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News and reports

September 3, 2004 | Page 11

Free Majid!
By Steve Leigh

SEATTLE--Chanting "Majid needs his rights back. Let's repeal the Patriot Act!" more than 30 supporters gathered on August 27 to stop the deportation of Majid al-Massari. Organized by his coworkers at the University of Washington (UW) School of Nursing, people attended Majid's hearing and picketed outside to draw attention to his case.

Majid is a Saudi citizen and University of Washington (UW) employee who has asked for asylum since 1997. His father is a well-known Saudi dissident in exile in London. His brother has been brutalized by Saudi authorities.

Majid is in fear for his safety if he is deported to Saudi Arabia. Majid's asylum request has been stonewalled for seven years--and now the government wants to deport him for a supposed misdemeanor drug conviction in 2003 for which he served just three or four days in jail.

Even though it is being called an immigration case, the Department of Homeland Security is holding Majid under "special provisions" and treating him like a terrorist. Majid had been held in solitary confinement since his arrest on July 17, denied a shower for six days and isn't even allowed to have a copy of the Koran.

His lawyer, Cheryl Nance, found out about his arrest six days after it happened--from a story in the Washington Post. His coworkers have been terrorized as well. Federal agents seized Majid's computers and issued a gag order. Coworkers were not allowed to say that Majid had been taken into custody.

After the preliminary hearing--with supporters inside and pickets and press outside--Majid's potential deportation was delayed. Majid is no longer in solitary confinement.

At a new hearing on October 12, the judge will decide if Majid can be deported immediately as the government wants. Supporters promised to build support for Majid and come back October12.

This organizing by Majid's coworkers at the School of Nursing is a fine example of how people should respond to every repressive attack by the "war on terrorism." From their Web site, http://www.gardenfrog.net/majid/history.htm to the picket, his coworkers understand that "An injury to one is an injury to all!"

News from the Nader campaign
By Leighton Christiansen

IOWA CITY, Iowa--Independent presidential candidate Ralph Nader secured a spot on the Iowa ballot on August 26. Despite a last-minute challenge, a three-person election panel ruled unanimously that Nader supporters had gathered more than the necessary 1,500 signatures representing eligible voters in 10 counties.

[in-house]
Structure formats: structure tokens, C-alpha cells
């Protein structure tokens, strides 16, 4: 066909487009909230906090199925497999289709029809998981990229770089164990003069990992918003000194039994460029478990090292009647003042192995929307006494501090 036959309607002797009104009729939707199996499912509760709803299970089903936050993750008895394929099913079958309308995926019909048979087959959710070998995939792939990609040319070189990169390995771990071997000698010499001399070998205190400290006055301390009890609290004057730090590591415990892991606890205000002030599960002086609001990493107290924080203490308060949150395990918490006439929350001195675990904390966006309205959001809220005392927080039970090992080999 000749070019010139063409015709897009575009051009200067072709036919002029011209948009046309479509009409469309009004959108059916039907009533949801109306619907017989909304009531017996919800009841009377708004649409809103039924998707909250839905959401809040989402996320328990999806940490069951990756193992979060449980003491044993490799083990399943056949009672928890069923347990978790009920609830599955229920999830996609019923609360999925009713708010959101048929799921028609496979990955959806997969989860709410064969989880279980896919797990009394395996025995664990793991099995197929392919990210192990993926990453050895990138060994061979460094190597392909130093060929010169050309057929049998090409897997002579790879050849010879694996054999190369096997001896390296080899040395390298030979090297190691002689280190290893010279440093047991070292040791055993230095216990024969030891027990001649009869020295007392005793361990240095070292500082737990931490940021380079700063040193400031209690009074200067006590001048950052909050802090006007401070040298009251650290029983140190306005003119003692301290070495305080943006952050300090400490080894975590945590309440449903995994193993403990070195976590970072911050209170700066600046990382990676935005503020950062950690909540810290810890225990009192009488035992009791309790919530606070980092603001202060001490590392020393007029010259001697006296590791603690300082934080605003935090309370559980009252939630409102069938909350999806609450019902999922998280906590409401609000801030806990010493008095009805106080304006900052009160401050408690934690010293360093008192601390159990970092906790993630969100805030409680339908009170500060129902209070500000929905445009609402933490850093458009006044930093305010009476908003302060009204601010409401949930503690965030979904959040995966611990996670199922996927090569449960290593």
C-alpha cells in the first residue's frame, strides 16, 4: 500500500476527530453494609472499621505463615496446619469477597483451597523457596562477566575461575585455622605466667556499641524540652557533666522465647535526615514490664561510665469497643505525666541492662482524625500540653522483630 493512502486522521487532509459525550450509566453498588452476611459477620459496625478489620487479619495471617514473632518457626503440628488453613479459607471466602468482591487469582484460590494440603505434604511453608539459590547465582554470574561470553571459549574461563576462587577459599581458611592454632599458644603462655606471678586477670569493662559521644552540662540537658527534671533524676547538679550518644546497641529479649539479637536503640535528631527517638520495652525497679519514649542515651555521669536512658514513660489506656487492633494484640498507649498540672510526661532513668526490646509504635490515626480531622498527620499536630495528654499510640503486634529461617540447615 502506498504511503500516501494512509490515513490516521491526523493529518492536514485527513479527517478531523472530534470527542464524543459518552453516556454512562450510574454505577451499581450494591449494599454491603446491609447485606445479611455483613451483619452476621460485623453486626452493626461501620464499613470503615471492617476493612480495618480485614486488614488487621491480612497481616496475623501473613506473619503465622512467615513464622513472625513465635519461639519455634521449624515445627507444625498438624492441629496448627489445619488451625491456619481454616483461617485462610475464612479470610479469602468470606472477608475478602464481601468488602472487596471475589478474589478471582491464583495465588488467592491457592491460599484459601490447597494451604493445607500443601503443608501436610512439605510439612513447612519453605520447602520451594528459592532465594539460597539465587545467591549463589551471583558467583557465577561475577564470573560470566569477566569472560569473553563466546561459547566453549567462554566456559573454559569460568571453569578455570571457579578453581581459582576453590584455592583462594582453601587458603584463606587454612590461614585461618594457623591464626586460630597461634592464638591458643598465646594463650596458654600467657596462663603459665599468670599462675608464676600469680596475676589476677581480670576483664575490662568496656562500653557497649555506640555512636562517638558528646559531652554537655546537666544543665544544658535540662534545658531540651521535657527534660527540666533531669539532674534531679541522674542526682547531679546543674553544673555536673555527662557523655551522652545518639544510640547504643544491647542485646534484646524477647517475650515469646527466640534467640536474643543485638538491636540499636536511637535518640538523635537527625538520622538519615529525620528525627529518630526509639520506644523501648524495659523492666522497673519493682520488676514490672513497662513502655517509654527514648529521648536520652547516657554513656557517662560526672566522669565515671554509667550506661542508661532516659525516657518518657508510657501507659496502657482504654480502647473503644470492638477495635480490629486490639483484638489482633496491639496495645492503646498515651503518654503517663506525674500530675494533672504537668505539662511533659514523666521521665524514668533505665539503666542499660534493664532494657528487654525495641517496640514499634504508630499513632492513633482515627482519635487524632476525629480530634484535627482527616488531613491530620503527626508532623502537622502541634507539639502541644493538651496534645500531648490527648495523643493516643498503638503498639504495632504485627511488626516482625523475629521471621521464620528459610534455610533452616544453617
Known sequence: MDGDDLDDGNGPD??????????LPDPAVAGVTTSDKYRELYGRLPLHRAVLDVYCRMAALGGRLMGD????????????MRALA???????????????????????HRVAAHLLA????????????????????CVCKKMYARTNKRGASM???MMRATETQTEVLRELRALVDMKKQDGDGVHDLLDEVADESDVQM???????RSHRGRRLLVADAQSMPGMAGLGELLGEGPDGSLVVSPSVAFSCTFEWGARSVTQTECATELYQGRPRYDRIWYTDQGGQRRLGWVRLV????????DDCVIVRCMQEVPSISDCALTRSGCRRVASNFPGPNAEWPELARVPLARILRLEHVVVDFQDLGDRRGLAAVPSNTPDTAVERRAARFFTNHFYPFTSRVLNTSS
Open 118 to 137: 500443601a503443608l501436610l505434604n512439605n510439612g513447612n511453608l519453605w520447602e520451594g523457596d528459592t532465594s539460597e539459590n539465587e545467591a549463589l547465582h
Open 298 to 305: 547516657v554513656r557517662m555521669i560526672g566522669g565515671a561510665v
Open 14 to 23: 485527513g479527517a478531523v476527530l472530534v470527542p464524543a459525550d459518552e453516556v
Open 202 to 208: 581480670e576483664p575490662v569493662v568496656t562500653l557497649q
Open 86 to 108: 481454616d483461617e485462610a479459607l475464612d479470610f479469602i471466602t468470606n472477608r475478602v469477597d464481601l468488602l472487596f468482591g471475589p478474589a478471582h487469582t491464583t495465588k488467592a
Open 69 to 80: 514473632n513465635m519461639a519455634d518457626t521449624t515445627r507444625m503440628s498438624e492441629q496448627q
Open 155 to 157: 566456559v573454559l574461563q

Nader gave a vigorous "us vs. them" speech to more than 200 at Drake University on the eve of the election board's decision. Nader pointed out the hypocrisy of Washington's "war on terror."

While the Bush administration has spent billions on war, 45 million Americans have no health coverage. "No wonder 67 percent of the American people in a recent poll concluded that George W. Bush cares more about the interests of corporations than about the interests of people like them," Nader said.

Iowa is considered a swing state in the November election, with the polls very tight. A July Des Moines Register poll showed 46 percent for Bush, 45 percent for John Kerry and 2 percent for Nader, with a margin of error 3.9 percent.

While Nader's support in Iowa may be small, he is campaigning hard to improve his standing. Nader talked about an ambitious plan for whistle-stop campaign in the Midwest, home to most of the so-called swing states.

Nader campaign volunteers received plenty of abuse during the ballot signature drive, with people screaming that Nader would cost Kerry the election and stick us with Bush. Nader took on that argument in his speech. Nader attacked Kerry--the supposed "friend of labor"--for not even mentioning workplace deaths and for the similarities of his positions to those of Bush.

"Now, if you were running on a Democratic ticket, wouldn't you jump on those issues?" Nader asked. "But not if you're dialing for the same corporate dollars--from the coal industry, the oil industry, the drug industry and the hospital industry."

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